Underwater reefs are generally thought of as tranquil places—however some truly unruly residents make one such area off the coast of northwestern Australia anything but quiet.
Marine experts from Curtin University and the Western Australian Museum were diving in the West Holothuria Reef complex in Wunambal Gaambera wundaagu saltwater country off the Kimberley coast of WA, when they encountered snapping shrimp making a loud noise similar to frying bacon.
As part of the Kimberley Reef Connect project, Trip Leader Associate Professor Zoe Richards from Curtin University’s School of Molecular and Life Sciences was recording coral biodiversity when she noticed the sounds.
“Healthy reefs can be quite noisy but on this particular reef, the clicking and crackling sounds were so loud I had to take a moment to stop recording the corals and just listen in awe,” she said.
“I have never dived on such a naturally rowdy reef—it was something I will never forget.”
Snapping shrimp have a specialized, oversized claw which snaps shut to create a shockwave to stun passing prey so it can be captured.
They also use their claws for communicating, digging burrows, fighting rival shrimp for territory and warding off would-be predators.
They are found throughout Australia, with 150 species capable of making the characteristic snapping sound.
Associate Professor Richards said she believed this may be one of the noisiest reefs in Australia, though a dedicated trip to study the shrimp’s chorus’ noise levels would be needed to know for sure.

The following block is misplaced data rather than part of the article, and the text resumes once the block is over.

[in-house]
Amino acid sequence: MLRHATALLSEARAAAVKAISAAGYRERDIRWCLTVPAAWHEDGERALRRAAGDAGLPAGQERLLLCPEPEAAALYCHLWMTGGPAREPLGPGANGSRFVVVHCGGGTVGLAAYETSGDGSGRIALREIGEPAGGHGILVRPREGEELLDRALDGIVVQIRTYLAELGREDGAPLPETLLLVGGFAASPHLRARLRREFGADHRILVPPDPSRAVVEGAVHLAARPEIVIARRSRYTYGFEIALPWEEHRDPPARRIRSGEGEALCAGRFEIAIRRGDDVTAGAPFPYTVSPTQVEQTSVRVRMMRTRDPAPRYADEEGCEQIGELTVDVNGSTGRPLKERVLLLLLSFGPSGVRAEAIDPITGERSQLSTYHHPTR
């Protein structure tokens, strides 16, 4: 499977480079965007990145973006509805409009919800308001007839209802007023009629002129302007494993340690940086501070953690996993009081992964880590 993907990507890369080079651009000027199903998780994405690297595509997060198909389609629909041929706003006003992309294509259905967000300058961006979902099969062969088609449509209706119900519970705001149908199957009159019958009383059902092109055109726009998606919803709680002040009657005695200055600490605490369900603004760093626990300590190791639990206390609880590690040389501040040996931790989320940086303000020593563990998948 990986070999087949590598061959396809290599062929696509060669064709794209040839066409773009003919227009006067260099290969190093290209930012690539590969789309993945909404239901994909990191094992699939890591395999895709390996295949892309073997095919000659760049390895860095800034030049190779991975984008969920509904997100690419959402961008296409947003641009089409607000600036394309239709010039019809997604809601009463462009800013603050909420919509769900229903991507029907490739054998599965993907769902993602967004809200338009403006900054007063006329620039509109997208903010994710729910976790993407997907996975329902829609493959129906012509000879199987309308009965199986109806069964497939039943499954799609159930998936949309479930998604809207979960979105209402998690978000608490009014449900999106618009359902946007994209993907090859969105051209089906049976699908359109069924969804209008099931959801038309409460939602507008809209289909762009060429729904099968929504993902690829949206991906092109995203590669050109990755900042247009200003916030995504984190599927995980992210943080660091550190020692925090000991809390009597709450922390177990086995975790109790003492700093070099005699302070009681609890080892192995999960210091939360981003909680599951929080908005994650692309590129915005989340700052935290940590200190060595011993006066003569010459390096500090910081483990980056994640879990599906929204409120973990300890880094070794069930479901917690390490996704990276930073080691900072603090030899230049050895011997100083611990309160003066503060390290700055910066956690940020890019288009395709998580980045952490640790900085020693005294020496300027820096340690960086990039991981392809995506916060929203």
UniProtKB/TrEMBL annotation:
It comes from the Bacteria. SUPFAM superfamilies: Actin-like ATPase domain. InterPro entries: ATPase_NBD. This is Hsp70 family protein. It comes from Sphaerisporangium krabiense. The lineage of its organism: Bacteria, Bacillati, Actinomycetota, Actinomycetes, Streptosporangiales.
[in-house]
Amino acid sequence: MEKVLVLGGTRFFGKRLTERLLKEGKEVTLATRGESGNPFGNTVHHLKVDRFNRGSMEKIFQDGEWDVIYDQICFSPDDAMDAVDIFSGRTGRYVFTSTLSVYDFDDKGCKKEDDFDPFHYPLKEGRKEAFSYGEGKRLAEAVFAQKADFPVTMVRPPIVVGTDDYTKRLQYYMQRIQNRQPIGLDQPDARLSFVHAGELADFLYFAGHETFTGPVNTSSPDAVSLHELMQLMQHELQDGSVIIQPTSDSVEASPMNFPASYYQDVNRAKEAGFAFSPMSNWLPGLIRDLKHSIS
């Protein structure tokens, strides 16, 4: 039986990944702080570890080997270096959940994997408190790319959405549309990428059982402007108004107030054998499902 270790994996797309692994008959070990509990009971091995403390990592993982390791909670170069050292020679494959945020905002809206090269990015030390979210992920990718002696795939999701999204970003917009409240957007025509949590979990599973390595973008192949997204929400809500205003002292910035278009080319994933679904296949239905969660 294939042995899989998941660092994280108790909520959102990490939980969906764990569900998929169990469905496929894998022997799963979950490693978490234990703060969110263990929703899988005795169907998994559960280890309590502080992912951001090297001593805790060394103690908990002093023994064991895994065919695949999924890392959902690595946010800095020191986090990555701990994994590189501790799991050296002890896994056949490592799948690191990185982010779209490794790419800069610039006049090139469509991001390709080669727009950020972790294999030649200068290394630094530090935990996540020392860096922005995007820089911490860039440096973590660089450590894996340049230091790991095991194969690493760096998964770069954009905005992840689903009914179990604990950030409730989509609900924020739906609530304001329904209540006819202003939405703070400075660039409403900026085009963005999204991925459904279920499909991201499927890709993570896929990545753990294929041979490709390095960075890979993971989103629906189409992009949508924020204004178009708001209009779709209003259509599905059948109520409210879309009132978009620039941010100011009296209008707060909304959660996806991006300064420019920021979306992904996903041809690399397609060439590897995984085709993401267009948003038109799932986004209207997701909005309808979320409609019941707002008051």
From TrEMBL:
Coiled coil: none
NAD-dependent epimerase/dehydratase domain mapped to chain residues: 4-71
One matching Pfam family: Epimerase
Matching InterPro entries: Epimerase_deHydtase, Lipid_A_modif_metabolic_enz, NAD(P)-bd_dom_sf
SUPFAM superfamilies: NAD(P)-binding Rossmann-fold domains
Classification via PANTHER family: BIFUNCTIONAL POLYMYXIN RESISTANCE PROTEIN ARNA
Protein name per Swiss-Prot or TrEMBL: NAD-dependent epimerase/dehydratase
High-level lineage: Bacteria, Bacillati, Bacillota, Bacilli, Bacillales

Western Australian Museum Curator of Crustacea Dr. Andrew Hosie said there would have been multiple species in abundance at the site to make such a cacophony.
“The underwater ‘shrimphony’ of noise created by populations of snapping shrimp can even be loud enough to create interference with underwater acoustic communications,” he said.
“The snaps of some species have been recorded at over 200 decibels, which is as loud as whale song.”
The Kimberley Reef Connect project was undertaken in collaboration with the Western Australian Museum, Wunambal Gaambera Aboriginal Corporation and Uunguu Rangers.
Federal Minister for the Environment and Water Tanya Plibersek said the Kimberley Reef Connect project is revealing the exceptional biodiversity and cultural value of Australian Marine Parks.
“The Kimberley Marine Park covers an area bigger than Tasmania and features a vast area of deep, unexplored underwater habitat,” Minister Plibersek said.
“Marine discovery and survey expeditions increase our understanding of the weird and wonderful sea creatures that inhabit ocean reefs—such as snapping shrimp—so we can ensure they are protected for our kids and grandkids.”
Snapping shrimp create rowdy reef in Kimberley Marine Park (2023, December 11)
retrieved 11 December 2023
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